Despite the pleas from Jewish families to reform SRI, the Chairman of UJEB today chose to repeat the unsupportable claim that SRI to smaller religious groups is a critical cornerstone for a multicultural Victoria.
Read it and weep:
If you are Jewish or have Jewish friends you can ask to push back against this narrow view of the issue, please help the Jewish FIRIS parents and get active – UJEB’s position is that it must defend SRI, rather than expand the concept of “Jewish Education” to emphasize “language and culture” in a way that conforms to the “secular principle”. The mistake in this view is that learning Hebrew, Jewish History, Jewish traditions, are all things that parents can rightfully pursue in a government school, just as they might bring “French” immersion to a school – if that is what the council and local parent groups wanted.
Instructing children in “tenets and belief” of Jewish religion can easily be done in a “religious community” outside of the compulsory school day. The USA has approx the same number of Jews as Israel, and there isn’t a Jewish family among them who would demand that the local school make policy to provide time during the school to segregate their children in “single faith instruction”.
The same could be said of Canada, France and most other democracies where Jewish families are free to worship and enjoy strong protections and freedom under the protection of a secular state.
Jewish thinkers around the world would find UJEB’s position demanding a policy that segregates children according to their families religious identities – baffling.
The claim that SRI is the “corner stone of multicultural Victoria”, is strongly rejected by evidence and research, and given that no other country which benefits from the strong cultural contributions of the Jewish people (Jews comprise less that 2% of the US population, but people of Jewish heritage but have won 36% of the Nobel prizes awarded to citizens of that country!) – given the evidence, and data from other countries where Jewish culture finds vibrant acceptance, it is hard to see what if any benefit actually accrues from SRI to the Jewish community. How have Jewish families in the USA managed to keep their Jewish identity without SRI? It is not a hard question to answer?
Jackson, R. (2004) Rethinking Religious Education and Plurality: Issues in Diversity and Pedagogy (London, RoutledgeFalmer), found that the policy advocated by FIRIS increases tolerance for cultural differences and more secure and cohesive societies. Research shows that ‘children with education about different world views tend to be more tolerant and show more respect for different opinions’, that ‘children want peaceful coexistence’ and ‘want to know about each other’s religions and worldviews’ and that children ‘see the classroom as a rare potential ‘safe space’ for dialogue’ (Jackson 2011).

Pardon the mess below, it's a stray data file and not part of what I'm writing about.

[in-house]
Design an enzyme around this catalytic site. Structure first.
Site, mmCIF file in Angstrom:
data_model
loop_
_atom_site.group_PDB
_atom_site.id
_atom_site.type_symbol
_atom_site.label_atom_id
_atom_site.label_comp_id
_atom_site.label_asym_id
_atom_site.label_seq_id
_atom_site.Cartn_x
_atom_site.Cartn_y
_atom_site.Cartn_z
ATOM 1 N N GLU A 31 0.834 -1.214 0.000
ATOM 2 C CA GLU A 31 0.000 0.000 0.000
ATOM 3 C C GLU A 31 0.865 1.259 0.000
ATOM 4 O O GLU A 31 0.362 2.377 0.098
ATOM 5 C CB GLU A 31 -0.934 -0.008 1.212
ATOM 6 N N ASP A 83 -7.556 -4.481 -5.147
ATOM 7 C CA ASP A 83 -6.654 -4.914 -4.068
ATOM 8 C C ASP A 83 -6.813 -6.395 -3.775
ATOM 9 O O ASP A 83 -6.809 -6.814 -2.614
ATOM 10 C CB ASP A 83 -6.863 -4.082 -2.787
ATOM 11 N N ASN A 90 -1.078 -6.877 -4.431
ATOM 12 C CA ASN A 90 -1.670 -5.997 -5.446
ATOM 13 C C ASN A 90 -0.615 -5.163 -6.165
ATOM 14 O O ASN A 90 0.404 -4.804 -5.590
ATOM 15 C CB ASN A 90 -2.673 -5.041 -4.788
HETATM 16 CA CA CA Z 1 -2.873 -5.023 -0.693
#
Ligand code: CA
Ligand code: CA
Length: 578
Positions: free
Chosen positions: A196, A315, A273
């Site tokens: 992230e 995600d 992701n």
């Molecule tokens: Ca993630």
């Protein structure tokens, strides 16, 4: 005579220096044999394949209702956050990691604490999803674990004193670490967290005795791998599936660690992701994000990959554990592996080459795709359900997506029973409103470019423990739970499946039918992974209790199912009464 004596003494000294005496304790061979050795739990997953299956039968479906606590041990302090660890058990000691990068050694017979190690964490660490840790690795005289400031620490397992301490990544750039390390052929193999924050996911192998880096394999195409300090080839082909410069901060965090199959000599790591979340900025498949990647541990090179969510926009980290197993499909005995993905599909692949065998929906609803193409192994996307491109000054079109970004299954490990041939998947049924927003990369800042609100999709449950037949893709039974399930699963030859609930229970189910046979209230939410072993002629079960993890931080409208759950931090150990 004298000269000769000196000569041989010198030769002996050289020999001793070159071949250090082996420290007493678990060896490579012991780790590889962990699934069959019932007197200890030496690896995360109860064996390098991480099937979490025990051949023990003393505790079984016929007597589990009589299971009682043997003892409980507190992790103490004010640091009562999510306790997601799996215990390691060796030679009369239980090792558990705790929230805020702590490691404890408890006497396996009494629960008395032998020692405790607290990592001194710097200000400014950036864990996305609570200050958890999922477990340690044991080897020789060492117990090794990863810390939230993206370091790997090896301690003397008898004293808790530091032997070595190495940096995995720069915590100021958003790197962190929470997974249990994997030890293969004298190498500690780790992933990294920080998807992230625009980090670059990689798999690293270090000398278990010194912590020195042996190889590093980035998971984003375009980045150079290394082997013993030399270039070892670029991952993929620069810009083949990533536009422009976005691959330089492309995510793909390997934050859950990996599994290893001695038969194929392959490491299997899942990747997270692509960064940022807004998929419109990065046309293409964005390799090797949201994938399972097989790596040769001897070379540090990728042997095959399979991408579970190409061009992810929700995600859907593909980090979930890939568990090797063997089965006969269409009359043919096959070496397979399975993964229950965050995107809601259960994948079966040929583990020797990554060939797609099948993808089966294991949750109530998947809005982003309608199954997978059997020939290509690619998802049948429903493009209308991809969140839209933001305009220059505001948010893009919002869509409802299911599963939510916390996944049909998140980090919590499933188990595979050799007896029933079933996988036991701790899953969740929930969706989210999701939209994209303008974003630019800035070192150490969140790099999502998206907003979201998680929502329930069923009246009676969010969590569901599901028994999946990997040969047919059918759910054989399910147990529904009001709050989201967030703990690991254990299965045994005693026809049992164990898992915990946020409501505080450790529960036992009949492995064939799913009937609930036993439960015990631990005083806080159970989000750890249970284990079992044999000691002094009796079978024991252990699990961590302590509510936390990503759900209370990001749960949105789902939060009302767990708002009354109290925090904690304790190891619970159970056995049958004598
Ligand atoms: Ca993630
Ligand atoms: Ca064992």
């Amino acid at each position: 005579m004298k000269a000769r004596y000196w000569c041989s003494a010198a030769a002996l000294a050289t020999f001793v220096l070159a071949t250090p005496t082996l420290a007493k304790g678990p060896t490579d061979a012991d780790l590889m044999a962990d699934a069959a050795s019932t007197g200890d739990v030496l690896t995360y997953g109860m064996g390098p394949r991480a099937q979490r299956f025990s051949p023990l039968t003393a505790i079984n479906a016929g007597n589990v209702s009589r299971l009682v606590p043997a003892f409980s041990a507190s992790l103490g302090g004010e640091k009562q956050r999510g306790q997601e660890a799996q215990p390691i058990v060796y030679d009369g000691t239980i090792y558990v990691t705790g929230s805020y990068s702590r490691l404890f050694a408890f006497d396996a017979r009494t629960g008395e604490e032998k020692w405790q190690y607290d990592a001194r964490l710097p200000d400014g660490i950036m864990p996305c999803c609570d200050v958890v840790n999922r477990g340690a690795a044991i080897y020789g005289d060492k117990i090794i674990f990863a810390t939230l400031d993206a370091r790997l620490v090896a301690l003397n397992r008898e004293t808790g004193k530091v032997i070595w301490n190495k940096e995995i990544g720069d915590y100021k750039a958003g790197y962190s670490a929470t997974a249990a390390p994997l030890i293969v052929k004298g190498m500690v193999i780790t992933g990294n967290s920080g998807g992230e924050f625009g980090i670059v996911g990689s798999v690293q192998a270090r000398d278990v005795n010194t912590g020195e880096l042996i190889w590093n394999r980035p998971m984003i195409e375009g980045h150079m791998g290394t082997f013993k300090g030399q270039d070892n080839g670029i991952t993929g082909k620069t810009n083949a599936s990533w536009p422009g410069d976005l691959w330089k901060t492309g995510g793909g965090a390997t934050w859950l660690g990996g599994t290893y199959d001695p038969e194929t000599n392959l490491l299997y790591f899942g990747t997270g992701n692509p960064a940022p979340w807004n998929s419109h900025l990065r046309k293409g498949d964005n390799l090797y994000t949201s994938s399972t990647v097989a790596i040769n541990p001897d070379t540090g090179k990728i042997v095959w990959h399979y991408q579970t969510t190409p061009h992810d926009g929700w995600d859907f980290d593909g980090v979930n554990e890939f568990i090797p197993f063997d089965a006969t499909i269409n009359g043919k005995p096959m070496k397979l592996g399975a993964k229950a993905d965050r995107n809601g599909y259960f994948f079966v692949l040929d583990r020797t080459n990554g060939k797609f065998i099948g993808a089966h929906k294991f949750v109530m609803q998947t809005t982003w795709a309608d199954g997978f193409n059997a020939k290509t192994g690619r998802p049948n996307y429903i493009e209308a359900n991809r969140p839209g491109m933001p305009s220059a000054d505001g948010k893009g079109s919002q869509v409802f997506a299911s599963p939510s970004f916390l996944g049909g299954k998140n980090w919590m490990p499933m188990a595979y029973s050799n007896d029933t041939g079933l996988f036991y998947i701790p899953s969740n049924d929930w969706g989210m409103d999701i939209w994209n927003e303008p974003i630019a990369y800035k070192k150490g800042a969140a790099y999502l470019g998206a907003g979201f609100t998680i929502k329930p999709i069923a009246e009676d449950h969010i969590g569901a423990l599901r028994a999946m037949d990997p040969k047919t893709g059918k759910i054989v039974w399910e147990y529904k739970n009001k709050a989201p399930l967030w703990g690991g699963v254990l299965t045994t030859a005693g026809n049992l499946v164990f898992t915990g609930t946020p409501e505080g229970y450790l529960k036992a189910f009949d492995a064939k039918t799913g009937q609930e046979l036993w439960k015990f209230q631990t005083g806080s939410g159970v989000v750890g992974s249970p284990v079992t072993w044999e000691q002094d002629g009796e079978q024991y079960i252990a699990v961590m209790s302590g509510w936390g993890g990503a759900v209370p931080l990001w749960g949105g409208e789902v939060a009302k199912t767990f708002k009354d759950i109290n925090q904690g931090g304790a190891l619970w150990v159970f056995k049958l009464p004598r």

The world’s most highly respected scholars of religion, (for example, Professor Stephen Prothero of Boston University) support the FIRIS position. Even one of the world’s most vocal atheists supports FIRIS’s stated position to educate for religious literacy (Dawkins 2012).
In Australia, recent studies have highlighted the need for a more inclusive model of religions education (Cahill, Bouma, Dellal, & Leahy, 2004; Erebus International, 2006; Bouma, Pickering, Halafoff & Dellal, 2007; Byrne 2007, 2009; Bouma and Halafoff 2009; Lentini, Halafoff and Ogru, 2009) and the benefits to student and teacher wellbeing that can be derived from constructively addressing issues of religious and philosophical differences through the school curriculum (Lovat et al., 2010).
The 2008 Melbourne Declaration on Educational Goals for Young Australians made a clear commitment ‘to nurture an appreciation of and respect for religious diversity’. FIRIS thinks it is time public education clearly stepped up to that commitment.
Unfortunately, in many Australian public schools, students are participating in an out-dated model of segregated, unaccountable and unprofessional religious instruction, which presents them with a singular, and in many cases, an exclusivist faith perspective. This unenlightened model is at odds with Australia’s commitment to developing a socially inclusive society.
Still worse – organizations such as UJEB, rather than working toward a better model are defending a system that was never created to support inclusion or educated non Jews about Jews.
Please write to UJEB and register your dissent from this short term and outdated thinking.